I’m starting to worry. I need to sleep through the night and I need it yesterday. My usual remedy of doubling up on my thryoid medicine is not helping. I’ve been waiting patiently now for almost a dozen years; my kids are practically grown and I still rarely get a full night of sleep. The youngest two seem to think it’s an all night party. The older two, eleven and twelve (their ages, not their names) believe they invented bloody noses and that they go away quicker with an audience. My plea to “pinch and go back to bed” falls on deaf ears.
Question: Shouldn’t nocturnal interruptions have ended years ago? When my first child hatched, I plunged into sleep deprivation hell so surreal that I once forgot how to make a peanut butter and jelly sandwich – halfway through the complex procedure. I remember a sudden feeling of hyper-consciousness, aware that I was holding a knife and a jar of peanut butter, but unable to figure out why. It was just the four of us, including the bread, alone in the universe with no purpose or attachment to anything – not even each other. Turns out that unless one is purposely trying to zen out, it can be a little scary. Either way, it was the closest thing to amnesia I’ve ever had, except for when I’m in the grocery store with my kids and pretend not to know them.
Anyway, I told no one. Not even my husand (now ex-husband, keep reading) who was very busy sleeping in, going to his job as a bar manager at noon-ish (after surfing) and coming home at about the time I was going to bed for the third, though not yet final time of the night. I was too embarrassed and afraid to tell anyone about my momentary coma so I chalked it up to lack of sleep.
Fast-forward a few years. Nighttime feedings were replaced by other, more complex needs: cough medicine, the fan turned on, the fan turned off, a hug, the blankets pulled up, the blankets pulled down, etc. The little people, their feet flying, bounced into my room at all hours with endless, sadistic requests. Good thing they were still little, soft and smelled good. Tucking them in, even an hour before dawn, felt satisfying.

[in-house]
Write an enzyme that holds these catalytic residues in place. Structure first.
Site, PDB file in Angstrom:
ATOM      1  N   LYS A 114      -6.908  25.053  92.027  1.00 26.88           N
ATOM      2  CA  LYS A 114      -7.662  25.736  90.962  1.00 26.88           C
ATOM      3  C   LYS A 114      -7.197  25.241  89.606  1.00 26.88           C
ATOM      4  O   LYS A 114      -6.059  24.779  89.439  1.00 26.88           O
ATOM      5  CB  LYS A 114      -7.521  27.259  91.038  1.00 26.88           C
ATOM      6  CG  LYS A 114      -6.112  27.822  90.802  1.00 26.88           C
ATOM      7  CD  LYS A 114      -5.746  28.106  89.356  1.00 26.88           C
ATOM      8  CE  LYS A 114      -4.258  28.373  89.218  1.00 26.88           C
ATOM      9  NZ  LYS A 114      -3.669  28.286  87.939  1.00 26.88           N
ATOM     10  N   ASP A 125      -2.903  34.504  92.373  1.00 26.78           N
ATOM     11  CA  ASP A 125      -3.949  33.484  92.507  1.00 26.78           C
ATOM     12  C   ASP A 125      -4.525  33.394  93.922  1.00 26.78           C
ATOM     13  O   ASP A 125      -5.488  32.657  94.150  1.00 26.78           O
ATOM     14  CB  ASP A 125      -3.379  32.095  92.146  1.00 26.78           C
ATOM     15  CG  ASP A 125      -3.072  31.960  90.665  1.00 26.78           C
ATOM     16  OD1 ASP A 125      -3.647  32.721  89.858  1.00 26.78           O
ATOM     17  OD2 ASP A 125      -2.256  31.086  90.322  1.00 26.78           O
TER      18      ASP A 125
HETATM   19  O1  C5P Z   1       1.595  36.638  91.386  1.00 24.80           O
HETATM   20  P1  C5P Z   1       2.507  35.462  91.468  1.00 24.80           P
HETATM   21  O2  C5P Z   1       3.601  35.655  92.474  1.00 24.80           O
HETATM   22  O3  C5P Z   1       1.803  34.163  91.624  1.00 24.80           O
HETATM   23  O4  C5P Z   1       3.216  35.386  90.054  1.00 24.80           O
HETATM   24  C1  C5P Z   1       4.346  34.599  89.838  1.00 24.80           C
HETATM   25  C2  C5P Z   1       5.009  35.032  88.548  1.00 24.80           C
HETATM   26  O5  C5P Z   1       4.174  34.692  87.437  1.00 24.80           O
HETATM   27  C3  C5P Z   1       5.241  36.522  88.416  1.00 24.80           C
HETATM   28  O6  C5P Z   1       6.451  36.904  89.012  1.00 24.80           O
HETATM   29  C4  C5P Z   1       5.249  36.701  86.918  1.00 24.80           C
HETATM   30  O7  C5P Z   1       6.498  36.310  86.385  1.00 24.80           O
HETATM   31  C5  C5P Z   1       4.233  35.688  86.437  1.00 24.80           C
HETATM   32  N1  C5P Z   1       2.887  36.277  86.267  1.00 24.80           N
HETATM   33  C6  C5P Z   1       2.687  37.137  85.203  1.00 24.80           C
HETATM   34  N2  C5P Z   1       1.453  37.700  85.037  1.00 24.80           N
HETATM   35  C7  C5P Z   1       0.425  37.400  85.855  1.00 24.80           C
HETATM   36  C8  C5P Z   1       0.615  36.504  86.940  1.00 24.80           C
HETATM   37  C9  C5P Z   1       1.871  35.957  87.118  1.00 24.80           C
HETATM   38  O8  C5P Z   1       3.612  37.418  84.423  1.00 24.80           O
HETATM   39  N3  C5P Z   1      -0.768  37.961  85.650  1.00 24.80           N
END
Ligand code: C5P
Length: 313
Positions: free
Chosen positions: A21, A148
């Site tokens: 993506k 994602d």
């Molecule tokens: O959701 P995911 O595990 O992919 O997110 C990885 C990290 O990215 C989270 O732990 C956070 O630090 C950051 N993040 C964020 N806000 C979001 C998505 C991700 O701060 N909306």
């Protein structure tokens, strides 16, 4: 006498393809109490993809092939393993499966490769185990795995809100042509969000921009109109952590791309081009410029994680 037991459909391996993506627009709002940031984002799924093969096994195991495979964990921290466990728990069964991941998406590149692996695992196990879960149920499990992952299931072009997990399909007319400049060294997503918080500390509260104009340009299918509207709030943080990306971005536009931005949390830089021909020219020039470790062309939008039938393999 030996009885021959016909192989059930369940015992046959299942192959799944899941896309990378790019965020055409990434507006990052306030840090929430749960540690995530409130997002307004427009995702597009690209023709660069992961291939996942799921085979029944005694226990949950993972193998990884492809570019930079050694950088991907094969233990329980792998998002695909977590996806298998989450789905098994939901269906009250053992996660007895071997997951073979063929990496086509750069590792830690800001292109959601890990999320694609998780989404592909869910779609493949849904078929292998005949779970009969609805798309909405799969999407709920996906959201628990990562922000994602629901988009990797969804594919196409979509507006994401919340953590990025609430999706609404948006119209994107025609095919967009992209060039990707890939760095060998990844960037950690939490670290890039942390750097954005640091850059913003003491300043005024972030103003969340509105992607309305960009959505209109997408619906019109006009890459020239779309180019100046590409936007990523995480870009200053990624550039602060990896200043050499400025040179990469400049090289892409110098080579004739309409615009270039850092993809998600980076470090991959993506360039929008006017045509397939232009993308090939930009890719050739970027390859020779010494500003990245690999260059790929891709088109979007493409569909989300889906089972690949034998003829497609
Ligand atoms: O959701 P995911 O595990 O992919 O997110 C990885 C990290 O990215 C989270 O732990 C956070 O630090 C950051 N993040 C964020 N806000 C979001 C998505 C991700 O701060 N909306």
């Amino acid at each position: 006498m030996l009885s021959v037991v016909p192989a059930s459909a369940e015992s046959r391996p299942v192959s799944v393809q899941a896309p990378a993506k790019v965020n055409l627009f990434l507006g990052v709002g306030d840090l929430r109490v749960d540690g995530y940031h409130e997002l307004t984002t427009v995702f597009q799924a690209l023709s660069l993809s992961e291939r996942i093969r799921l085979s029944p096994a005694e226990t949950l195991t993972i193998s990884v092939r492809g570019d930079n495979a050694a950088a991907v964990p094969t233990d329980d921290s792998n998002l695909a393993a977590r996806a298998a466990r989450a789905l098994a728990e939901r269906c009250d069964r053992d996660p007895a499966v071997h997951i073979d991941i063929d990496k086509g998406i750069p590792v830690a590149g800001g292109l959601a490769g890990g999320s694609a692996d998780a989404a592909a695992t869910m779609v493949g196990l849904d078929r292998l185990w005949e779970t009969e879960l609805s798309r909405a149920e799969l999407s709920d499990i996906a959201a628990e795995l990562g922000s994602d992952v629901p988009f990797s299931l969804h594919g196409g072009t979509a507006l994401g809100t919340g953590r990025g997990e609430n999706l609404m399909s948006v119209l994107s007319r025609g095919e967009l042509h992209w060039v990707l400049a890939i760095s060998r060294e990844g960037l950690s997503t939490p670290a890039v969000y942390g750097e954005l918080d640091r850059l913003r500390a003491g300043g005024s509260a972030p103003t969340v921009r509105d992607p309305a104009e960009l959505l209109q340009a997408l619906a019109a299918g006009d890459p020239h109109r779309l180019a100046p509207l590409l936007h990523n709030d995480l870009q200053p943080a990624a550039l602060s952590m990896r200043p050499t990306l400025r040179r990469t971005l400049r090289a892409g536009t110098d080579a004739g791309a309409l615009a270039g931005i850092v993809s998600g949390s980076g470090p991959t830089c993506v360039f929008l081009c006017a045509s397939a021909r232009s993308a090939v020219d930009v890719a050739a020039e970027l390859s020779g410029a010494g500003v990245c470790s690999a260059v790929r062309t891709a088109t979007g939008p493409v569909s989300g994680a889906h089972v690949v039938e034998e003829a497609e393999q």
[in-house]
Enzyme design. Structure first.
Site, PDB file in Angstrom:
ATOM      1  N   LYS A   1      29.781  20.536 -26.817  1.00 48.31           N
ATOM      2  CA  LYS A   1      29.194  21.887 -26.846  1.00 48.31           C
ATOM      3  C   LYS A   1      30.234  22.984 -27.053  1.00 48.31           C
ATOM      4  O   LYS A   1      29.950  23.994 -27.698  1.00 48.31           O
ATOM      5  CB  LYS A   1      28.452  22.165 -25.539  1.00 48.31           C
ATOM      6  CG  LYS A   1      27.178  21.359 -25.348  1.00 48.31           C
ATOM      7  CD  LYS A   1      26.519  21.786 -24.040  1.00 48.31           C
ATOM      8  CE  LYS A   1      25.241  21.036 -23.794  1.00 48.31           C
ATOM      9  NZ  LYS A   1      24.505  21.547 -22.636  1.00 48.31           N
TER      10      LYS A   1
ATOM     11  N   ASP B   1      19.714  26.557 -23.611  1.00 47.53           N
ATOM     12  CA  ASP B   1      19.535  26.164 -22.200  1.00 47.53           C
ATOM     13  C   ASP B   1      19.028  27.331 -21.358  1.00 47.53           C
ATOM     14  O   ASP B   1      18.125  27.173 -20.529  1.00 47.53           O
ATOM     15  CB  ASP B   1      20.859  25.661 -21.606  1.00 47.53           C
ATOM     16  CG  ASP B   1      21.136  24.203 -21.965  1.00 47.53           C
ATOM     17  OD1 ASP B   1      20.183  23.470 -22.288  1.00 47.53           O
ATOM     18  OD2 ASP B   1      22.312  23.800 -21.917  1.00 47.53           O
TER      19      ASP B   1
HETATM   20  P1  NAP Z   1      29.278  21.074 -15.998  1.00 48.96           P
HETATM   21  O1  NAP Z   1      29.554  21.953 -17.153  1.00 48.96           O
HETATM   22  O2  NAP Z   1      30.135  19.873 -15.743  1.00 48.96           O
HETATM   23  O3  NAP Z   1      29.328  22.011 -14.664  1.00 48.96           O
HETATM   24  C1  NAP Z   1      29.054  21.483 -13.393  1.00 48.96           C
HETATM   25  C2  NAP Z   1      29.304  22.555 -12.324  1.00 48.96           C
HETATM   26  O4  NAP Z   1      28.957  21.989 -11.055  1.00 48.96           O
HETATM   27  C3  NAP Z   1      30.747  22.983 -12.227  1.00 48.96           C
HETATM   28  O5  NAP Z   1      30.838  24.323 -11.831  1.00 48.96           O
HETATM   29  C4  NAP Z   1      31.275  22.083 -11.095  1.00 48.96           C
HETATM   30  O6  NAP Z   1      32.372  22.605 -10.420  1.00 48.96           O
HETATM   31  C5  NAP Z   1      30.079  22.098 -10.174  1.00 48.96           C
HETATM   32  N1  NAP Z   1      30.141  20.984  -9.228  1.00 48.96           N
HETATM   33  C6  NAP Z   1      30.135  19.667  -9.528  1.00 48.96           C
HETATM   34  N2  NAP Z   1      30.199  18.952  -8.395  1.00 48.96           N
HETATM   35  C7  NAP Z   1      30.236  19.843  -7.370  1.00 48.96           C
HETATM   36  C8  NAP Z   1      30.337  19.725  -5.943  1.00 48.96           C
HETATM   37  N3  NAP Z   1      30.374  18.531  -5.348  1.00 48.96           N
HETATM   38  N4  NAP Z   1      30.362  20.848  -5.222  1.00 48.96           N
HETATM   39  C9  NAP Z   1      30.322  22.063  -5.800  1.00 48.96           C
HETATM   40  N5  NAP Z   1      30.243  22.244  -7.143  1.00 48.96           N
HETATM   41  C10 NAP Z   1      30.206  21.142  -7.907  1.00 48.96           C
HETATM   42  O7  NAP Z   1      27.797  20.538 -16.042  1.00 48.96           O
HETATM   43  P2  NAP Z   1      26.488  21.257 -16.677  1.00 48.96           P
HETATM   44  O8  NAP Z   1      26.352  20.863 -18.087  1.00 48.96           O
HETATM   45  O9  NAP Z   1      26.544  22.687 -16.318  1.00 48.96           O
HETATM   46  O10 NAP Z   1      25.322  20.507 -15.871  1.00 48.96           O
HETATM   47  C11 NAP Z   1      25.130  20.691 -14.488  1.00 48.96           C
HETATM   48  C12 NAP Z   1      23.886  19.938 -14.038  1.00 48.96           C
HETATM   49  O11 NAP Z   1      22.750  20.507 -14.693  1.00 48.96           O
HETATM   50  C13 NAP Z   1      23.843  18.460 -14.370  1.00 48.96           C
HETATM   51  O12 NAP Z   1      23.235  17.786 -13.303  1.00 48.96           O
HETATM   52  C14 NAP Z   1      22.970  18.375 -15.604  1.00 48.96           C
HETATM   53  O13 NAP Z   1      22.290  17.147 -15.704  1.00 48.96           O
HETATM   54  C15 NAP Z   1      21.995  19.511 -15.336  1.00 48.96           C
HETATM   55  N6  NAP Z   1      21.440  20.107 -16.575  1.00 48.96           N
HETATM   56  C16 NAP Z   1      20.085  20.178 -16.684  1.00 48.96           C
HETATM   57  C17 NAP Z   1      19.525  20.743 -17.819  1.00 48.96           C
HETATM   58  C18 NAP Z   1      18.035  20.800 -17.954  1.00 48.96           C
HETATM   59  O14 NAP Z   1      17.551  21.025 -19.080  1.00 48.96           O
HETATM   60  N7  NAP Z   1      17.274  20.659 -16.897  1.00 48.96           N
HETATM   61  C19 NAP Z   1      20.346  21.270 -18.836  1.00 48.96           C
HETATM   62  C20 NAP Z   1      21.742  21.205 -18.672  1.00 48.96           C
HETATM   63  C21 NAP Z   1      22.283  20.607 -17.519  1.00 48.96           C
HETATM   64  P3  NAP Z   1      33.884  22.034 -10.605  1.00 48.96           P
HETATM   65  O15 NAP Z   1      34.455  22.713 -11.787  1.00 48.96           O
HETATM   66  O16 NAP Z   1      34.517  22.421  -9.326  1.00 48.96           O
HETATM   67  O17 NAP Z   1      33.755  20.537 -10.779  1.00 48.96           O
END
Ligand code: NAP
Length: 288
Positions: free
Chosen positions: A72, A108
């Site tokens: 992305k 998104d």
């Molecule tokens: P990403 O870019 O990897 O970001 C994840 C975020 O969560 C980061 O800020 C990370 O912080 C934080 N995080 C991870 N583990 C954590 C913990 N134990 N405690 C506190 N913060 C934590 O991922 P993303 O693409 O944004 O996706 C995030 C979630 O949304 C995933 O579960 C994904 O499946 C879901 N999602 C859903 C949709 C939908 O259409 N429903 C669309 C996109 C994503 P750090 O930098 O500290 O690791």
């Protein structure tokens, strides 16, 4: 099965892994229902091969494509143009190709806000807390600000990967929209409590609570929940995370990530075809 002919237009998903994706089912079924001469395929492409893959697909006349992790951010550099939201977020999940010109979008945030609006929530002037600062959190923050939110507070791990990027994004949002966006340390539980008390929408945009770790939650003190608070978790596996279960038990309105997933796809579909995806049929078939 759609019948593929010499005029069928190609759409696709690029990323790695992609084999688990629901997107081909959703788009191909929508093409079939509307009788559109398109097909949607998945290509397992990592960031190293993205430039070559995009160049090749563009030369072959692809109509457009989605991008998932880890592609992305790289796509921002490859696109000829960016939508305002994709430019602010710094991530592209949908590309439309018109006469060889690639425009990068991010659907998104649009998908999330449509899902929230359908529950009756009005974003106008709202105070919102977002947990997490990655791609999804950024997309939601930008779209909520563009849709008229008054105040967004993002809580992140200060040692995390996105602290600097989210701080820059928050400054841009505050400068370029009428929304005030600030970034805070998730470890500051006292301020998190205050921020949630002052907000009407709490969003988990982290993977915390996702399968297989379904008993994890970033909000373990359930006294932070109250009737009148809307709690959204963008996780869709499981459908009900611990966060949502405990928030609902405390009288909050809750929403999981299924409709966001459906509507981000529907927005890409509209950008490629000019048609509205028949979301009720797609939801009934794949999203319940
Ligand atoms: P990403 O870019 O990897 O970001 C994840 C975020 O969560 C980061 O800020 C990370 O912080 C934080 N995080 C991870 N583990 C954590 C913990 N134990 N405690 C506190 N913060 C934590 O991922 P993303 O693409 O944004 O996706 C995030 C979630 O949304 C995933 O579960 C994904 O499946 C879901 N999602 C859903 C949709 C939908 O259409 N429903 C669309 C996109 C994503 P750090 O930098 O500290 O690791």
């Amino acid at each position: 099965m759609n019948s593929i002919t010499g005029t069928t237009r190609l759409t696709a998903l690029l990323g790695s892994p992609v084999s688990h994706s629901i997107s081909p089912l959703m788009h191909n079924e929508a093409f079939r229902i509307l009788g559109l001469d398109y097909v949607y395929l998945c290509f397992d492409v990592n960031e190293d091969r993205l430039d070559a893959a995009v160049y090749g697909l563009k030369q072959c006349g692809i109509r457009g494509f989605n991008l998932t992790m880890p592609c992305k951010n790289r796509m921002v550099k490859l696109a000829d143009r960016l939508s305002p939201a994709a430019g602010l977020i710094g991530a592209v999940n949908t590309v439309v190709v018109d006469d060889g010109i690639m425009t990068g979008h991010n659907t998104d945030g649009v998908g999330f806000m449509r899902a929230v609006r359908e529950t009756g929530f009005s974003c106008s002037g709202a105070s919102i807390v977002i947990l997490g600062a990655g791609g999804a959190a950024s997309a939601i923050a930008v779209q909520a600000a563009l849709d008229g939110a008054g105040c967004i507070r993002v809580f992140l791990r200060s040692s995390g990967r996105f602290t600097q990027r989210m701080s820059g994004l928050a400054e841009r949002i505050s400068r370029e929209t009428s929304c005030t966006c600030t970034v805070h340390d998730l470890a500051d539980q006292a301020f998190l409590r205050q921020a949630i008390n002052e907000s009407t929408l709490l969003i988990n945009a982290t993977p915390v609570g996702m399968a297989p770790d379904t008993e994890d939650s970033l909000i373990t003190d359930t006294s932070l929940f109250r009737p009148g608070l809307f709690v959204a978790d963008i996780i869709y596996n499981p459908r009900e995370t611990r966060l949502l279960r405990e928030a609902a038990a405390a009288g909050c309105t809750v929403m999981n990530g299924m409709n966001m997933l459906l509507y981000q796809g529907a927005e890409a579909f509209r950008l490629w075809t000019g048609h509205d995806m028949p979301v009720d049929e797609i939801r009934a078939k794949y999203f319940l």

Now, it’s a little different. We’re currently in the sleepwalking years: new husband, a blended family and increasingly inventive ways to prevent a full night’s sleep. Closet monsters and wayward blankies have been replaced – last week it was with the sound of Santa and his reindeer in one of the children’s closet. Turns out it was the eight year old doing a midnight search for her bicycle, which she explained she must have in order to go to Paris. Other times a nine or ten year old might pop up at the foot of our bed asking if we know where Larry is. One of us gently nudges the miniature somnambulist back to bed, assuring her that Larry will be right back – he’s probably catching a nap somewhere. Some nights we simultaneously drop back into bed, exhausted and share our adventures:
“Where ya’ been?” I ask groggily.
“I had to get in the airplane (bean bag) and land it safely so the boy from 14F would go back to his seat (bed). What about you?”
“Just some general hysteria. A little involuntary farting. That’s about it,” I mumbled.
Our fate as permanently addled zombies was sealed last summer when we made the tactical error of getting a dog. Not just any dog, but a beagle. Beagle owners out there, wipe that smirk off your face. For the rest of you, the question, “What could a dog possibly do between the hours of 10 p.m. and 6 a.m. but slumber?” is contained in the following list, for starters: skunk interaction, shocking intestinal distress, sleep barking/farting/whimpering, endless self-gratification (licking).
I guess several nights in a row of solid sleep will just have to wait until they are all out of the house – the college years. Then, we can lie awake at night wondering not just what they’re doing, but where and with whom they’re doing it.
Many years ago, when sleep was what you did after you got laid and before you snuck out of someone’s apartment, I thought I understood Warren Zevon’s plan to “sleep when I’m dead.” It was an option I exercised. Little did I know that one day I’d be penciling “sleep” into my color coded, month-at-a-glance day planner under the heading, “To Do (After I Die).”